Sorcha walks into the kitchen with a look of fear and horror on her face.
“Ross,” she goes, “I need to talk to you.”
I’m there, “If it’s about Johnny Sexton missing the rest of the season for Leinster, don’t worry, I already know.”
She goes, “Why would it be that, Ross?”
Now that she says it, I don’t actually know.
I’m there, “So if it’s not that, then what is it?”
She goes, “Ross, I went to collect Honor from school today. I got there a little bit early and I saw her – now, brace yourself, Ross – vaping!”
I’m like, “Right.”
She goes, “Right?” and I get the feeling that it’s not the reaction she wanted. “Vaping, Ross! Please don’t tell me that you’re okay with it.”
The girl was drinking at 14. Hand on hort, there are worse things she could be doing than vaping, although it’d take a brave man to say that to Sorcha with the face on her.
She goes, “Where did we go wrong as parents?”
I’m there, “We didn’t go wrong. We’ve given the girl everything she’s ever demanded and she hasn’t had to work for any of it.”
“Will you have a word with her?”
“She respects you, Ross.”
“No, she doesn’t – she calls me a loser to my face.”
“Oh, that’s all put on. You’re, like, a role model to her?”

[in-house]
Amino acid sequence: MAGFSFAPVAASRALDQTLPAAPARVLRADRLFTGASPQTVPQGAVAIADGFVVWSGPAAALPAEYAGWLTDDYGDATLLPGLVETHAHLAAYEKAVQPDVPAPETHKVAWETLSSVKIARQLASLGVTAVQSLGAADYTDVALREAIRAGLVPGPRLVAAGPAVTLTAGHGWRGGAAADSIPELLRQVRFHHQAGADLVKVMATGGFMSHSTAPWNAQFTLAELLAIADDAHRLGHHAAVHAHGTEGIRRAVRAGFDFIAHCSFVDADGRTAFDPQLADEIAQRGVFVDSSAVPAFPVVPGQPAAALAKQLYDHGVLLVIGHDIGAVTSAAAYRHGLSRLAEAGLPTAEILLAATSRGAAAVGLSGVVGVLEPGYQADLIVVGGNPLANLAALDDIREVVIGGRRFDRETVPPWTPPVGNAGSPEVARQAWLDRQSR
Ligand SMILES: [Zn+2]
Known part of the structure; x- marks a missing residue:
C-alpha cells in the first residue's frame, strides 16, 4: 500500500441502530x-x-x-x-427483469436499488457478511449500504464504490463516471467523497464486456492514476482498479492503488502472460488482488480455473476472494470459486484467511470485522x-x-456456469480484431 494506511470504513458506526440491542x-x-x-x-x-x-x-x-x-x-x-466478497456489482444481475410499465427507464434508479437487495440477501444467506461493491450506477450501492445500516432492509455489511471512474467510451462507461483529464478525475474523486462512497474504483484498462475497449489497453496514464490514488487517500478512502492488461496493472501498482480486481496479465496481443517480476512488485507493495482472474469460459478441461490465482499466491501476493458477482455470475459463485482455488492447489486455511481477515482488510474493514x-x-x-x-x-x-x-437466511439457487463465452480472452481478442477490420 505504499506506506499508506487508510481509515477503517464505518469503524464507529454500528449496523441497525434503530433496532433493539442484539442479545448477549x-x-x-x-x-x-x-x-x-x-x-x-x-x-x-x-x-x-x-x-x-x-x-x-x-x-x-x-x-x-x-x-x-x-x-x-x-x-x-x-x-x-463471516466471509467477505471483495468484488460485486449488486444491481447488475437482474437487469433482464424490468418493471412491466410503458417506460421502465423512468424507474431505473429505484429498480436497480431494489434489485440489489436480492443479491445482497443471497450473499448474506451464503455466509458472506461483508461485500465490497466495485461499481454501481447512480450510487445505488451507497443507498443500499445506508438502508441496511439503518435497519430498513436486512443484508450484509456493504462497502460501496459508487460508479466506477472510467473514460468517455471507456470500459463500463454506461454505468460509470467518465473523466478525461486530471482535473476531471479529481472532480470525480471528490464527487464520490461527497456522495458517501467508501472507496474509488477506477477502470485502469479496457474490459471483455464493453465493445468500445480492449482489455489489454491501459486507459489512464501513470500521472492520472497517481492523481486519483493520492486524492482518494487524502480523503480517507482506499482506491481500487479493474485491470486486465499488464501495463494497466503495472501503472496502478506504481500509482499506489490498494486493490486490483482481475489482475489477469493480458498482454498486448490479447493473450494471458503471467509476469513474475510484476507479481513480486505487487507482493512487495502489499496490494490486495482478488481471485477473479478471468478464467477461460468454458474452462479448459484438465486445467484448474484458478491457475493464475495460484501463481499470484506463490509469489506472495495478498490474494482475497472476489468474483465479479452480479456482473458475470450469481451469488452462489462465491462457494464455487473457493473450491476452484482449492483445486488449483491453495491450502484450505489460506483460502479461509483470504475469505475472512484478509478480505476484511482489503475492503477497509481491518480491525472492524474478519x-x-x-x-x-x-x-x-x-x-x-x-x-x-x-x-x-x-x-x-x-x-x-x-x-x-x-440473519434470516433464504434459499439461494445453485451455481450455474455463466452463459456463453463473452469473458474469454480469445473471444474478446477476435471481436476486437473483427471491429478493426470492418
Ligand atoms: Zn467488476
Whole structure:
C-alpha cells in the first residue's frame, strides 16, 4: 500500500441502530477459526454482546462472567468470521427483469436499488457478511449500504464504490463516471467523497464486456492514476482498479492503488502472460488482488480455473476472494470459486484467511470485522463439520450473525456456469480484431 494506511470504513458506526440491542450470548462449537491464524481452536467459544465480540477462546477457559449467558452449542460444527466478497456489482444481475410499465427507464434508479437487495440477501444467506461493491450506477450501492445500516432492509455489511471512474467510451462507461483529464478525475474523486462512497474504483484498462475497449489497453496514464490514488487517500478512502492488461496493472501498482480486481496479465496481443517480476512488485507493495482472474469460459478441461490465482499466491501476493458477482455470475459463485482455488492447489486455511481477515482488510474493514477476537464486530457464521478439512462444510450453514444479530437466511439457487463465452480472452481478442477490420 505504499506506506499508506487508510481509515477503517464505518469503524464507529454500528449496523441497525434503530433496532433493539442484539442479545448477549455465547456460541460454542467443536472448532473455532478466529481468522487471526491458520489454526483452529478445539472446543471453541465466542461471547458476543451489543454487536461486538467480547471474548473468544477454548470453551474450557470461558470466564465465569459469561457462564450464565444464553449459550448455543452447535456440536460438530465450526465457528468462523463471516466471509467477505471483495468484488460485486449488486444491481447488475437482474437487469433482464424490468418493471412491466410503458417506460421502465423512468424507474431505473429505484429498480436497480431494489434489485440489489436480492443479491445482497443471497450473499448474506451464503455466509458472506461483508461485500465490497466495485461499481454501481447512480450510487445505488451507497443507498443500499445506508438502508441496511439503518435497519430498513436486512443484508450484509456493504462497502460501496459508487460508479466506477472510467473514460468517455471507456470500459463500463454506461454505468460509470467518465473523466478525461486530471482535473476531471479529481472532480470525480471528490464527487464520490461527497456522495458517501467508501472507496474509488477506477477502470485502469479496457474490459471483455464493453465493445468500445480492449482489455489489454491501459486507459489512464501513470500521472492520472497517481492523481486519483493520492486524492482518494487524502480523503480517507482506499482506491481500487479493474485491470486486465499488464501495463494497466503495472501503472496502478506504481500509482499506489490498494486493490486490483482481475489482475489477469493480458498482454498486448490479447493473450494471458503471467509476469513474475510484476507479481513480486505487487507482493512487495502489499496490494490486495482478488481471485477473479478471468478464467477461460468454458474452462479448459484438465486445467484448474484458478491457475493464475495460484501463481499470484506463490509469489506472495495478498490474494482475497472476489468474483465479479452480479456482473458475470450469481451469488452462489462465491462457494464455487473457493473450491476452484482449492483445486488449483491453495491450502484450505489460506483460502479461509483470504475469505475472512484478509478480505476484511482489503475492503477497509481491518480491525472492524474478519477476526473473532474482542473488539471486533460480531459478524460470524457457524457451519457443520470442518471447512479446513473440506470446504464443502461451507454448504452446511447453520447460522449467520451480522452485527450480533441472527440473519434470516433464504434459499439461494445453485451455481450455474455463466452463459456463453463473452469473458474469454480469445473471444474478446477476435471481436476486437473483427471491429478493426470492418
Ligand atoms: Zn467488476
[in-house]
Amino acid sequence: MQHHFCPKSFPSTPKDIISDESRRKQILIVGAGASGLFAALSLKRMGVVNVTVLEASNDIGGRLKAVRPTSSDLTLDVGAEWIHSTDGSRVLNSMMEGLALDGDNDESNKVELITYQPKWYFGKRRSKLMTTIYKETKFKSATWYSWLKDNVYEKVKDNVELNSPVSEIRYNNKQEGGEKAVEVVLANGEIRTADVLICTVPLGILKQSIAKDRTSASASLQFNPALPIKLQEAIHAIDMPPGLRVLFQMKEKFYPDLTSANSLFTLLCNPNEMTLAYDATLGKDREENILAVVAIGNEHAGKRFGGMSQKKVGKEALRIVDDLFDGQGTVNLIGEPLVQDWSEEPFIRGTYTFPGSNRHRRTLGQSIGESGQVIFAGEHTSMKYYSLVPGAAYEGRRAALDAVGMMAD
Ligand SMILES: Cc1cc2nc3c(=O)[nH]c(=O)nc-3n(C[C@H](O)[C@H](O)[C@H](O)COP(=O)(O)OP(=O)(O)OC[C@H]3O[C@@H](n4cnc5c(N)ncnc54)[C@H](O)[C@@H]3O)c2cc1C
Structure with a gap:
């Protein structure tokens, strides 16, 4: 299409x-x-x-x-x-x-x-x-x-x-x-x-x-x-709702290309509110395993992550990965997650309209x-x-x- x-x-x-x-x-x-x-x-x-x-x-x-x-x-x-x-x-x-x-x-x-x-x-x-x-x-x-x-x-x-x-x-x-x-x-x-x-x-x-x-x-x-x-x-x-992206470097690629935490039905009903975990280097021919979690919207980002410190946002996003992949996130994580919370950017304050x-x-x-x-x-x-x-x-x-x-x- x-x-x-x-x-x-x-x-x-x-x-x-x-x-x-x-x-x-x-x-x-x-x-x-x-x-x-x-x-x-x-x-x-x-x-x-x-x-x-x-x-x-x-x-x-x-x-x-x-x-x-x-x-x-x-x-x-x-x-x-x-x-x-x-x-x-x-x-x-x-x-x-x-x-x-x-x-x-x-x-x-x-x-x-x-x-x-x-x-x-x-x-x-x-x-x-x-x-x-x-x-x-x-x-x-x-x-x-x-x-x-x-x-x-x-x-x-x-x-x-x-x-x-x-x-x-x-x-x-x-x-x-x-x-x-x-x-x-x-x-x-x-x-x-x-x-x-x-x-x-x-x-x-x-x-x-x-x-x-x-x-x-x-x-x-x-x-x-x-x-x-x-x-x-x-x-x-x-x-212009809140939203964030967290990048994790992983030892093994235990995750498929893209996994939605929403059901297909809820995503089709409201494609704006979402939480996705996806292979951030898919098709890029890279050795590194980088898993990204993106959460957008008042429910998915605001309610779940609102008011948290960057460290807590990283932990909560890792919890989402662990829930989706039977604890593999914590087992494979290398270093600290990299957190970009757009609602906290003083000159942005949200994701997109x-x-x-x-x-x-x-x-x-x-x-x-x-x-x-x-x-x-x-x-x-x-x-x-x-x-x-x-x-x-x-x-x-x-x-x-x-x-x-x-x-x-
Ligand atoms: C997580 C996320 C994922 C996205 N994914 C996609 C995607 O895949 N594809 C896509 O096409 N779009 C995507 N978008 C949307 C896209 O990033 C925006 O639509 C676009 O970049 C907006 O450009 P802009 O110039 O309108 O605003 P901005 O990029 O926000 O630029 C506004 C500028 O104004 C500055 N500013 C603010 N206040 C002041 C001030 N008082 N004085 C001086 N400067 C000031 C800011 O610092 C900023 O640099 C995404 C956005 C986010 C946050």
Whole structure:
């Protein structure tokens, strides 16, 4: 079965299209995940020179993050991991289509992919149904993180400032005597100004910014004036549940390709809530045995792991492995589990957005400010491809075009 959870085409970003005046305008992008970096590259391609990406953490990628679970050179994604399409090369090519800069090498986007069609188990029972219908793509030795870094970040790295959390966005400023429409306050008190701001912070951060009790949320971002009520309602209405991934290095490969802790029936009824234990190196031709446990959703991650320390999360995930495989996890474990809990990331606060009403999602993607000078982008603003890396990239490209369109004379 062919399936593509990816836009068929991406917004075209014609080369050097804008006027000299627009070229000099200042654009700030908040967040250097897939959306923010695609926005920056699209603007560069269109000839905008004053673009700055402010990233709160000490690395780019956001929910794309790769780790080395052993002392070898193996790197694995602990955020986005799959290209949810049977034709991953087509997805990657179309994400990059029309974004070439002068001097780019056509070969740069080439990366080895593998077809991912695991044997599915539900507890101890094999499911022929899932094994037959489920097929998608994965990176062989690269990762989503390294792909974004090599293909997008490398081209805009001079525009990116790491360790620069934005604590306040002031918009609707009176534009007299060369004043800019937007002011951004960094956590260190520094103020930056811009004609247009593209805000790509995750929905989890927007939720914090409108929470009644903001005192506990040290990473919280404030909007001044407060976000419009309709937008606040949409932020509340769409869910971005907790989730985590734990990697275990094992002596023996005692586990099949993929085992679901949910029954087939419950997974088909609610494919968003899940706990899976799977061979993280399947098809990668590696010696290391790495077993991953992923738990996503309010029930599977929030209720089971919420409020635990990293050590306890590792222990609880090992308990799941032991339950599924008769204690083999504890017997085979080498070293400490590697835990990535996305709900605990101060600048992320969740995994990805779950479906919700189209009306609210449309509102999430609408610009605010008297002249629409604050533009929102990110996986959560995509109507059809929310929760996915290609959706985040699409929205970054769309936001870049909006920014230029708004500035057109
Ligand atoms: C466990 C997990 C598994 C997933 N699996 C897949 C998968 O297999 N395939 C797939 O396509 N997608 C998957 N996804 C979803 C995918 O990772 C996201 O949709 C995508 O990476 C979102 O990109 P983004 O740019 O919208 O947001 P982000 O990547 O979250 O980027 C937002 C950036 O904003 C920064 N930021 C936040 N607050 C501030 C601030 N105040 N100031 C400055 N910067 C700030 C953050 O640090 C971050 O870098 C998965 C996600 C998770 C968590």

It’s genuinely news to me. I’m a sucker for a kind word, though.
Sorcha goes, “Just remind her that e-cigarettes still contain nicotine and other hormful chemicals.”
I set off up the stairs like a man facing the gallows. I knock on her door and I wait for a response. There isn’t one, so I push it open and stick my head around it.
“Oh my God,” she goes, “here he comes! Let me guess – that absolute focking stain you’re married to has asked you to have a word with me about the dangers of vaping.”
It’s very cool. Dad, everyone I know is vaping. Even though that’s not the reason that I’m doing it?
I’m there, “No.”
“You’re a terrible liar, Dad.”
“Okay then, yes. Look, just because some of the other girls are doing it –”
“Oh, please! This has nothing to do with peer pressure. When did you ever know me to give in to peer pressure?”
“Never, I suppose.”
She holds what looks like a mascora tube to her lips and she takes a blast from it. The air is suddenly filled with smoke slash steam slash whatever.
I’m there, “What’s that smell?”
She’s like, “It’s butterscotch.”
“It’s gorgeous,” I go.
She’s there, “Dad, we all know what’s going to happen here.”
“You’re going to tell me to stop vaping. I’m going to tell you to mind your own focking business. You’re going to say, in that case, maybe just don’t do it in front of your mom. I’m going to say, whatever. You’re going to go downstairs and tell her that we had the big chats and that I’ve agreed to stop. And Mom is going to tell you how lucky she is to be married to you – until she catches me the next time.”
She takes another blast off the thing, tips her head backwards and blows – again – either smoke or steam into the air while sort of, like, shaking her hair loose. It’s amazing – our little girl suddenly looks like a grown-up.
“I know I shouldn’t say this,” I go, “but it does look kind of cool.”